Background: Remotely sensed burned area products are critical to support fire modelling, policy, and management but often require further processing before use.
Aim: We calculated fire history metrics from the Landsat Burned Area Product (1984–2020) across the conterminous U.S. (CONUS) including (1) fire frequency, (2) time since last burn (TSLB), (3) year of last burn, (4) longest fire-free interval, (5) average fire interval length, and (6) contemporary fire return interval (cFRI).
Methods: Metrics were summarised by ecoregion and land ownership, and related to historical and cheatgrass datasets to demonstrate further applications of the products.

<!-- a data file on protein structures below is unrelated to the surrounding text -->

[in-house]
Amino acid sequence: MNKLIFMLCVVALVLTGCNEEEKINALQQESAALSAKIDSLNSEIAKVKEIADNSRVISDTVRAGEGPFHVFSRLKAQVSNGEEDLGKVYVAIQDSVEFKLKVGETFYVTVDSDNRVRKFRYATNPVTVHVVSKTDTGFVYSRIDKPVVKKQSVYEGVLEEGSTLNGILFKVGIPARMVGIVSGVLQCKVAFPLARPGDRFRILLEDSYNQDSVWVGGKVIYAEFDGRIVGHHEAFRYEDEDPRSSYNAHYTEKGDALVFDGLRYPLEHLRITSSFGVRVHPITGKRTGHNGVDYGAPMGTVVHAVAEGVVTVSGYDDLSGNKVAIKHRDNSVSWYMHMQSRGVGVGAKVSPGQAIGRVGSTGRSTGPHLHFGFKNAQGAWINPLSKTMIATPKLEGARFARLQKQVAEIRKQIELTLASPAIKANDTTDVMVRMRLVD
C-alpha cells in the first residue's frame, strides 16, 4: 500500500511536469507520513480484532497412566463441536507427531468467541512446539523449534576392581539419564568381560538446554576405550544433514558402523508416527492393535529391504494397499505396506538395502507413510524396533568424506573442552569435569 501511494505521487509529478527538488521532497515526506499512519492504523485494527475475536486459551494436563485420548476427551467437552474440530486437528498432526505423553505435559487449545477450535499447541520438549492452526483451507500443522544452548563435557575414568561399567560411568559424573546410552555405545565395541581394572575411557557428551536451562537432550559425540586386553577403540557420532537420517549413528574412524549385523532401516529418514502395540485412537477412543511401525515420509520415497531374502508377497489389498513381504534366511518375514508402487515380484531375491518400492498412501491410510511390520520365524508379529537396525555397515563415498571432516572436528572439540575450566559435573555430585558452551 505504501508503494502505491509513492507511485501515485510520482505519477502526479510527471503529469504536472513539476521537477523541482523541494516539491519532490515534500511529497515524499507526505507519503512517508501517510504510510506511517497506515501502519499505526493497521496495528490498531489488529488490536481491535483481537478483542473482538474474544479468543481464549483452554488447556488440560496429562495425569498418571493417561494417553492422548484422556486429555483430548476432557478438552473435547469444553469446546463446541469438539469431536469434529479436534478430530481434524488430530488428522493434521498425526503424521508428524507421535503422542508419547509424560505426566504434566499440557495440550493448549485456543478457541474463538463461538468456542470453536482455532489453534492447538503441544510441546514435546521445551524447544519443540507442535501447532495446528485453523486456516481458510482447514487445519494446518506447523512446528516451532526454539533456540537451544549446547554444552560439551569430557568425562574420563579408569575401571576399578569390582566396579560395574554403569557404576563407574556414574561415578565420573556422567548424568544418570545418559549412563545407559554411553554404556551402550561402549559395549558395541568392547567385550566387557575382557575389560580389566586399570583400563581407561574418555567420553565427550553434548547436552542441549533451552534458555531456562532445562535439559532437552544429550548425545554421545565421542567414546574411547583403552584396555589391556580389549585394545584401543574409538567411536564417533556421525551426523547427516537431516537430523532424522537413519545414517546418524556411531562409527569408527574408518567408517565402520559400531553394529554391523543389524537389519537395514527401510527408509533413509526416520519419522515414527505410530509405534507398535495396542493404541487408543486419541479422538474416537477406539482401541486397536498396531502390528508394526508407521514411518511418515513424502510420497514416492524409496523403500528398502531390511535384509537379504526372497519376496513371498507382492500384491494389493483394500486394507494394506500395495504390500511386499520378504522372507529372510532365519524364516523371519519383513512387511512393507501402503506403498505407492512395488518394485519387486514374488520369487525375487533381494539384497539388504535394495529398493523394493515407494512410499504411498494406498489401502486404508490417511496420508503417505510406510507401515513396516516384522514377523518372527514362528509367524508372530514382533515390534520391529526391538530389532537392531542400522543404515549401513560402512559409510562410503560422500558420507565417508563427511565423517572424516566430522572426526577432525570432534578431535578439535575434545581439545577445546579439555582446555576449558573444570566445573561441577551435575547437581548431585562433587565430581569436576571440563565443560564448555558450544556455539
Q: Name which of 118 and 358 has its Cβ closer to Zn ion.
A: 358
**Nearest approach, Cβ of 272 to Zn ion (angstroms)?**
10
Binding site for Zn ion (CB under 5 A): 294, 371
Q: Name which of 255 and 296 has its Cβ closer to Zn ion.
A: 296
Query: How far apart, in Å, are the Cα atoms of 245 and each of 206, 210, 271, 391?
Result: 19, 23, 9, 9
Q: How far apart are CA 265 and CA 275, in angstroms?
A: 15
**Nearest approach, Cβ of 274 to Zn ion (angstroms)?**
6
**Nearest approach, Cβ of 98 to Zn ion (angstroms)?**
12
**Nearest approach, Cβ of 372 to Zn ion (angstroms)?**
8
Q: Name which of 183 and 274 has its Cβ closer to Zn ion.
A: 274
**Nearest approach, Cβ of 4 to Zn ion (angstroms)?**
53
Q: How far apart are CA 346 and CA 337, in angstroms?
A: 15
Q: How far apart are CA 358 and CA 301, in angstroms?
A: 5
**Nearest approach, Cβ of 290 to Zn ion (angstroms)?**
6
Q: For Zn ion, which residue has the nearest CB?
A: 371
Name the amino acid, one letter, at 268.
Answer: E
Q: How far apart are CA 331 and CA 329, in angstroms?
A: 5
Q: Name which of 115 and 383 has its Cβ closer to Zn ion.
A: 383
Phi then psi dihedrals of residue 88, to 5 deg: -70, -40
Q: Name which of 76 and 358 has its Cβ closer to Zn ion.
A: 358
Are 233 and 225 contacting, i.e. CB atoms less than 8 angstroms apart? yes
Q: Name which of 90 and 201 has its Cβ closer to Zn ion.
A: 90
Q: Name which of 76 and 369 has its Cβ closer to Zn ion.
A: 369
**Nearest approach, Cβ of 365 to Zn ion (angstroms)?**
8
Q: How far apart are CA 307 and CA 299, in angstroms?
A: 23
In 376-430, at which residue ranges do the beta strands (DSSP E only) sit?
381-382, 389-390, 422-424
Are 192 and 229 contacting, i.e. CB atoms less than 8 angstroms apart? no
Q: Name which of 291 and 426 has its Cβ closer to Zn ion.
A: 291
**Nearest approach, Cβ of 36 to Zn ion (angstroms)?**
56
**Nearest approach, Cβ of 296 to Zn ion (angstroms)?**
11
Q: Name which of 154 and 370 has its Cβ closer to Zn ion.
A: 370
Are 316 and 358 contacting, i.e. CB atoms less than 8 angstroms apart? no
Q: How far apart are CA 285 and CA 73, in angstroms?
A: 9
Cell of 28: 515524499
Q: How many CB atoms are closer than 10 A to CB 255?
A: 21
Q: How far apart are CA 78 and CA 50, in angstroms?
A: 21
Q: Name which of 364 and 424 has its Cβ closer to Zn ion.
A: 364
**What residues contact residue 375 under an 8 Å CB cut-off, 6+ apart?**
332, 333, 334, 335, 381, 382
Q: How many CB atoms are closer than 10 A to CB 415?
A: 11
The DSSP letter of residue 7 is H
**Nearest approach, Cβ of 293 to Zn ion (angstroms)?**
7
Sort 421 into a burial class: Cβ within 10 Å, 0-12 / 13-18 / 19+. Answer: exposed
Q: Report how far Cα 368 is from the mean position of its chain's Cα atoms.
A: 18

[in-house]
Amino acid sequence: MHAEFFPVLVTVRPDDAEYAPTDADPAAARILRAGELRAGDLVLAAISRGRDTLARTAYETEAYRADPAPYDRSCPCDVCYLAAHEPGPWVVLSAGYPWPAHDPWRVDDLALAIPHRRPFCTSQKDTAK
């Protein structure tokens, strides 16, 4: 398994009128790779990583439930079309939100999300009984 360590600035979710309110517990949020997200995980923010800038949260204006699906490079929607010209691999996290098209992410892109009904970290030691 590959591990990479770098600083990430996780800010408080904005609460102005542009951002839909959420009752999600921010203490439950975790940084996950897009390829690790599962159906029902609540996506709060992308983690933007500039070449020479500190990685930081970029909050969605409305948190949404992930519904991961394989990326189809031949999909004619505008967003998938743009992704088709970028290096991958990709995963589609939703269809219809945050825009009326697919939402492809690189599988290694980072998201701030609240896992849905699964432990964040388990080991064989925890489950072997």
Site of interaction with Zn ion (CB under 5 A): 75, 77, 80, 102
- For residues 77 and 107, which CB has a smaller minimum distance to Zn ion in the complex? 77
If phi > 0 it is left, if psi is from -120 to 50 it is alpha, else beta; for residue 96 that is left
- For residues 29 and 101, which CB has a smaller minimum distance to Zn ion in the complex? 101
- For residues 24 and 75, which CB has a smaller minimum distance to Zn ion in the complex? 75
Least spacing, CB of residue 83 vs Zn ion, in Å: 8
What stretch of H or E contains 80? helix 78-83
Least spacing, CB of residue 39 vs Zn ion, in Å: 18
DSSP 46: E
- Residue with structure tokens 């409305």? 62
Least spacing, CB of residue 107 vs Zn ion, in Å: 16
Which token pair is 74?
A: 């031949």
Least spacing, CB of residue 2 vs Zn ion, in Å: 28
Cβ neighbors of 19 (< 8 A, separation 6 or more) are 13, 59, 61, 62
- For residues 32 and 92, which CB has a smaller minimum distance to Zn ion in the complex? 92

Key results: The proportion burned ranged from 0.7% in the Northeast Mixed Woods to 74.1% in the Kansas Flint Hills. The Flint Hills and Temperate Prairies showed the highest burn frequency, while the Flint Hills and the Sierra Nevada and Klamath Mountains showed the shortest TSLB. Compared to private, public land had greater burned area (19 of 31 ecoregions) and shorter cFRI (25 of 31 ecoregions).
Conclusions: Contemporary fire history metrics can help characterise recent fire regimes across CONUS.
Implications: In regions with frequent fire, comparison of contemporary with target fire regimes or invasive species datasets enables the efficient incorporation of burned area data into decision-making.
|Publication Subtype||Journal Article|
|Title||Contemporary (1984–2020) fire history metrics for the conterminous United States and ecoregional differences by land ownership|
|Series title||International Journal of Wildland Fire|
|Contributing office(s)||Geosciences and Environmental Change Science Center|
|Google Analytic Metrics||Metrics page|